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JAYAPURA, Irian Jaya, Indonesia (October 23-29, 2001 – Tempo Magazine/Kabar-Irian)---For Irian Jaya governor J.P. Salossa, the Draft Law on Special Autonomy for Papua Province represents the final gamble. Now people in every corner of the province are waiting to hear the results of the bill's debate. Pro-independence protests have eased. But they can always start up again.

"If the result is unsatisfactory, we cannot guarantee that the people of Irian Jaya will not act again," said Salossa.

His statement is clearly directed at the government and the House of Representatives (DPR) in Jakarta, which is now discussing the draft law in Senayan. The bill was first put forward by the Irian Jaya regional government; then it was passed over to the DPR. In essence, legislators have agreed to the draft, which runs to 23 chapters and 80 sections. It just remains to see what attitude the government takes, through the home affairs minister. The plan is for the discussions to finish at the end of October.

If the draft is not changed substantially, Irian Jaya will change drastically. The provincial name will officially be changed to Papua and it will get its own flag, to accompany the Red & White national flag. There will be a guarantee that the governor will always be an indigenous Irianese and will have substantial authority. The governor will have to approve the appointment of the regional police chief. And he will also be able to take out foreign loans directly.

In carrying out his tasks, the governor will be supervised by the Papuan House of Representatives and the Papuan People's Council. This last body could be compared to Indonesia's supreme national People's Consultative Assembly (MPR), but on a provincial level. It will include representatives of traditional law, religion and community figures. To guarantee human rights and law in the region, there will also be a Papuan human rights court.

What still remains a tricky subject of debate is how to share out the province's substantial ‘lolly’ between the region and the central government. The draft law states that ‘regional firms’ can add their capital to state firms or private firms which operate in Irian Jaya. That means the regional government will replace the central government as regulator on issues of investment.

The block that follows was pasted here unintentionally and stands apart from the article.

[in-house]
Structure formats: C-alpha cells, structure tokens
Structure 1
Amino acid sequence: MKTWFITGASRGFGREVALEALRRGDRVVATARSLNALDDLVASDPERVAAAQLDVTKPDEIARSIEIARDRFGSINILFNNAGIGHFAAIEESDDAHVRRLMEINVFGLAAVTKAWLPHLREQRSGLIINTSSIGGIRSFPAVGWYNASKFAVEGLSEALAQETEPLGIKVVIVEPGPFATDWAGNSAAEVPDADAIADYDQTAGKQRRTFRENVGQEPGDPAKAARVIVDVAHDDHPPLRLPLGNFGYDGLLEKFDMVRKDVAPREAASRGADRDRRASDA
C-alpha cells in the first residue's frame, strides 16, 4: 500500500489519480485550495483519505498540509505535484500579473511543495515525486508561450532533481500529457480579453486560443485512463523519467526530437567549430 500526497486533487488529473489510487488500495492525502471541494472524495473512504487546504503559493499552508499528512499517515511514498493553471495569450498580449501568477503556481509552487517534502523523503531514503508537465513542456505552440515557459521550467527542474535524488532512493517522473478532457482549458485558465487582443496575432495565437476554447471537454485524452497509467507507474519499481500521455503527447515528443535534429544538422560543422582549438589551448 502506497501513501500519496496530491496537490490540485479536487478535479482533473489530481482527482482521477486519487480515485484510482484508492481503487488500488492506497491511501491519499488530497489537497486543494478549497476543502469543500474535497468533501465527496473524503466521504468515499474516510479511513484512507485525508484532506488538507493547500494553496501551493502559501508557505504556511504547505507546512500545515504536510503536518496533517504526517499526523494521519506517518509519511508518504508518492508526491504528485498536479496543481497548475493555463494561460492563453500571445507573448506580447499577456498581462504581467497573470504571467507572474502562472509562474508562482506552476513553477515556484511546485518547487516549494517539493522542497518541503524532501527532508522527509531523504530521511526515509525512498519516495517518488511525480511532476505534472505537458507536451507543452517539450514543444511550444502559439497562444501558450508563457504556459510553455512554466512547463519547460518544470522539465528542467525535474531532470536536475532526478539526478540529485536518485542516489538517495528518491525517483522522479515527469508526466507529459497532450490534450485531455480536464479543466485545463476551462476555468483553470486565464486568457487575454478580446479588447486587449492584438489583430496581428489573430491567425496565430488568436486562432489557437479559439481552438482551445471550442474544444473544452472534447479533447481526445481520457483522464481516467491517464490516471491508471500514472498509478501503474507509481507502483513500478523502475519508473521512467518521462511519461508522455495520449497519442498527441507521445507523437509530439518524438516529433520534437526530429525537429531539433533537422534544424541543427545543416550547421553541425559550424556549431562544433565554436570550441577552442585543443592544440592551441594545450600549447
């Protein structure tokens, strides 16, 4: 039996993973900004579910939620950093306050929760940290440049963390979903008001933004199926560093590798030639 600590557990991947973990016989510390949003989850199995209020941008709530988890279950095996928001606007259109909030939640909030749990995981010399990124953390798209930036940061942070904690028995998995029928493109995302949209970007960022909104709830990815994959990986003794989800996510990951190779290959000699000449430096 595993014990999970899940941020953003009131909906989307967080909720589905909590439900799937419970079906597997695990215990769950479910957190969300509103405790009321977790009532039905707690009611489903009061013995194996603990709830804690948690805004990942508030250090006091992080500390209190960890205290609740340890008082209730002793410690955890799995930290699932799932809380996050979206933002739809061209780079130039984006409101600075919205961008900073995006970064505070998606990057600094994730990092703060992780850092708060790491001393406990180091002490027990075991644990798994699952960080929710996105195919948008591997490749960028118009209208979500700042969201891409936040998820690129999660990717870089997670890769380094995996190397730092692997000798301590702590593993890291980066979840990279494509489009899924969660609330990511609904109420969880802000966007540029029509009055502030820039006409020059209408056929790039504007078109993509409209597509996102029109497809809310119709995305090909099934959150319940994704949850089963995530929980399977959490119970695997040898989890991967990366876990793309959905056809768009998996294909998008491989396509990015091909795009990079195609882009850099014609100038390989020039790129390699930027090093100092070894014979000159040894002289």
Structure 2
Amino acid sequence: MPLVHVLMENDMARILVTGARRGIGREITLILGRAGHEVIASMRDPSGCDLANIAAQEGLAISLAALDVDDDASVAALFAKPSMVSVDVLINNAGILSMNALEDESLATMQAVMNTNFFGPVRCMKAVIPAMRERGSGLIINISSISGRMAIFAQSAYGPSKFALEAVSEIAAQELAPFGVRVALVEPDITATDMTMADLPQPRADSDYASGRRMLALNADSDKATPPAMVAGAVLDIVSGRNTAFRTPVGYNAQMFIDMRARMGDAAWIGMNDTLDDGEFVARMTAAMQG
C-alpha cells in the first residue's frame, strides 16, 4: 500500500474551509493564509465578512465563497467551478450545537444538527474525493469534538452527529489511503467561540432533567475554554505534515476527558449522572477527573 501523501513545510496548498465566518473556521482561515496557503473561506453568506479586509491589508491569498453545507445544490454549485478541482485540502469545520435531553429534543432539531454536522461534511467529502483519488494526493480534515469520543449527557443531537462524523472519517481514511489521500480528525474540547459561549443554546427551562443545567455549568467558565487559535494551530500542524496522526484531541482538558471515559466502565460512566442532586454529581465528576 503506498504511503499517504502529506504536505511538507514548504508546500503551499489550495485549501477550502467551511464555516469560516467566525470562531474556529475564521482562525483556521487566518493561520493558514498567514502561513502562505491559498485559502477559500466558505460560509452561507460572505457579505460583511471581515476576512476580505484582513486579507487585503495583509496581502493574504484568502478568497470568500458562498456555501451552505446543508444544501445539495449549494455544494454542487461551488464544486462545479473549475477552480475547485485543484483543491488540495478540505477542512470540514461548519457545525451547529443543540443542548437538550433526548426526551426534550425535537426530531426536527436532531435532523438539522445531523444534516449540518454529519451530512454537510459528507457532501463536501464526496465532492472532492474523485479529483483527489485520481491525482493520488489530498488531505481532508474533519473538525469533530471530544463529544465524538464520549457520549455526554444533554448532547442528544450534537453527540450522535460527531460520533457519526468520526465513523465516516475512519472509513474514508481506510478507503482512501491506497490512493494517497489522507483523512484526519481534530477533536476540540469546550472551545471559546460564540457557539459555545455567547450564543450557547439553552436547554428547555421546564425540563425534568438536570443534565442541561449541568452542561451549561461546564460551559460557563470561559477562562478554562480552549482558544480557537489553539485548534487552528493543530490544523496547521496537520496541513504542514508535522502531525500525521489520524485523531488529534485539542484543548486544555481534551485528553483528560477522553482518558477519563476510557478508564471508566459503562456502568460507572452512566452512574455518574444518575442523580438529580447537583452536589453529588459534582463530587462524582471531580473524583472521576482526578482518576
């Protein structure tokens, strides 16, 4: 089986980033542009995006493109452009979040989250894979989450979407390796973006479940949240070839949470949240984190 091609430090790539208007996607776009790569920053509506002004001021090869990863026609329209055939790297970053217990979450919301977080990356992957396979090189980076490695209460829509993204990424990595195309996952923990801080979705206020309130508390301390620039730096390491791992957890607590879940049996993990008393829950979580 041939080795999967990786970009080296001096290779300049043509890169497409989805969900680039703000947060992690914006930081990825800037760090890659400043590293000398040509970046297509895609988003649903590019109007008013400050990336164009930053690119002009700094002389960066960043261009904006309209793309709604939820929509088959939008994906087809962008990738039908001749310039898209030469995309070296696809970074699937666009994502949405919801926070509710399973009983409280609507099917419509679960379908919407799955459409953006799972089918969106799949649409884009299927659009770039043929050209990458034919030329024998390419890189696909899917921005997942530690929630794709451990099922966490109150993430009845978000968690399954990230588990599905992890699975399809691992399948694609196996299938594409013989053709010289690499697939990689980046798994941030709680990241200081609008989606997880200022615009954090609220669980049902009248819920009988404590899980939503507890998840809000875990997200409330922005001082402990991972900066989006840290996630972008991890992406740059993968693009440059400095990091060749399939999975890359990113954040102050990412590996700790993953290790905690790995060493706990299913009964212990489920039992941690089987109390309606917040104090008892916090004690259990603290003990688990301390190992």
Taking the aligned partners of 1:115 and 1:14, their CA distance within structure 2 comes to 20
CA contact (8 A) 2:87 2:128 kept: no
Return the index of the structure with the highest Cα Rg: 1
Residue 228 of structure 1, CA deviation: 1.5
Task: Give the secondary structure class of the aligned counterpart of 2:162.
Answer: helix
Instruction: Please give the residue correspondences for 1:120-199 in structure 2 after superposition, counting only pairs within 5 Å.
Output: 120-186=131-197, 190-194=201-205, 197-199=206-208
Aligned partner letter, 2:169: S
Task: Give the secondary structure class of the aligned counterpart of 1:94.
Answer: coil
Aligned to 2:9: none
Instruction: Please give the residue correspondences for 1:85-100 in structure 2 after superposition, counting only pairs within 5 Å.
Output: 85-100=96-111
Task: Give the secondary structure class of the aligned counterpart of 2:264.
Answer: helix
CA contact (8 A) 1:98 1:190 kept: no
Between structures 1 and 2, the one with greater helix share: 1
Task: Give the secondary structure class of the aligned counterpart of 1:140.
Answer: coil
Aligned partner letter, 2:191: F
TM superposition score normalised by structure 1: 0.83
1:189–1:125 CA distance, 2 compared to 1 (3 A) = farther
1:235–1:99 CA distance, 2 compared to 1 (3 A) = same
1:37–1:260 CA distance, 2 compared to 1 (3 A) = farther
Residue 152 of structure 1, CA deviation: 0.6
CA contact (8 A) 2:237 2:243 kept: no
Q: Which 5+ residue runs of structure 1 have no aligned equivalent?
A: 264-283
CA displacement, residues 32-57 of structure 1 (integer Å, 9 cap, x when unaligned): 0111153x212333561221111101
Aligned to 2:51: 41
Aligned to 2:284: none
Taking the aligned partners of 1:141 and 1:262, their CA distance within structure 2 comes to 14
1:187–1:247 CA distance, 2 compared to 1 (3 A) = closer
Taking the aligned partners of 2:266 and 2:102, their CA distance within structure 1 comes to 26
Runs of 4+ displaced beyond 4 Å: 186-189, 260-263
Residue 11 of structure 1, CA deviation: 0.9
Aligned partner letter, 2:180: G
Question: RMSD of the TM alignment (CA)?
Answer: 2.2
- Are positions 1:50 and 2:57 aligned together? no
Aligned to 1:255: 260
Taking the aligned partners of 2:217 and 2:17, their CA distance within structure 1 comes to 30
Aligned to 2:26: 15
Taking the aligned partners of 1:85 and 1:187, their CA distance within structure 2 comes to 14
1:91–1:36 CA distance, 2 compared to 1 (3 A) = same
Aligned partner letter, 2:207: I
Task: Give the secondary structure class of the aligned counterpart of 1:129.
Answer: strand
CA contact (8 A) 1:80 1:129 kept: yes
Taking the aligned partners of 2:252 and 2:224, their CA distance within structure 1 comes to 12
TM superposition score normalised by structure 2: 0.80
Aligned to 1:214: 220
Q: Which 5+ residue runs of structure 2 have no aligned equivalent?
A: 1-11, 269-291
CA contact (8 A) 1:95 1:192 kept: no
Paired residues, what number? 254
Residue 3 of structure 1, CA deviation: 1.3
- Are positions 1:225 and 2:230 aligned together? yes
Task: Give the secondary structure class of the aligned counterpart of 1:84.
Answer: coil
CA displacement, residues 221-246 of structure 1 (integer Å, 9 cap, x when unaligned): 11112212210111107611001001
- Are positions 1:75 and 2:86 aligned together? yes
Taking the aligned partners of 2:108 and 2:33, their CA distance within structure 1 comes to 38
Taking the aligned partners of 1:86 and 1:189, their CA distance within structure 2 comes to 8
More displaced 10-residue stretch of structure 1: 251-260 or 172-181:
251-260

On the issue of sharing out income, the province will get 65 percent of the income from its natural resources and 50 percent from oil and gas, along with 80 percent of all the national-level taxes.

Then there is the issue of the 1.25 percent from the national general allocation fund (DAU) for building infrastructure. According to Governor Salossa, the DPR has agreed to this. If calculated from the national total of Rp 60 trillion, Irian Jaya will get around Rp 900 billion. This money, said Salossa, can help build up the province's infrastructure. Every year this requires Rp 4 trillion. [NOTE: Indonesia rupiah 1,000 = US$ 0.10956]

Last week the DPR special committee on the draft law agreed the pattern for sharing out the results of natural resources, 80 percent and 20 percent respectively for Irian Jaya and the central government. If approved by the government, the province's income will go up substantially. From general mining alone, the province will get more than Rp 1 trillion a year alone. Then there is the income from oil and gas, forests and fisheries, which are also substantial.

"That is fair. If they don't agree, yes, the government please face the Papuan people," said Peter Susanto, a member of the special committee.

The question is whether this fulfills most of the wishes of the Irian Jaya people and whether the push for independence there will lose steam. This appears far from certain. There is still a strong lobby for outright independence. According to Theys Hiyo Eluay, chairman of the Papuan Presidium Council, the Papuan People's Congress last year did not at all recommend autonomy.

"The mandate from the congress was not autonomy or a referendum, but independence," said Theys.

A lot of people in the province do not really care very much about special autonomy. Niko, 45, a trader in Jayapura's Ampera market, has only heard that the ‘land of the bird of paradise’ will be more prosperous if special autonomy is implemented. An indigenous Irianese, he does not terribly understand how this law can change his fate as a trader.

"Will we be given capital for investment?" he asked TEMPO.

His colleague, Hasma, understands it quite well but is pessimistic. He's unconvinced that special autonomy can change his life.

"Before, they said reform would make things better, but prices go up instead," he said.

If the special autonomy law is approved, ultimately the senior regional officials will be the ones to determine whether or not it is a success. They are the ones who can ensure the ‘lolly’ makes it to the hands of Hasma and Niko and does not get diverted for their own purposes.

KABAR-IRIAN ("Irian News") Websites: http://www.irja.org/index2.shtml  and http://www.kabar-irian.com 

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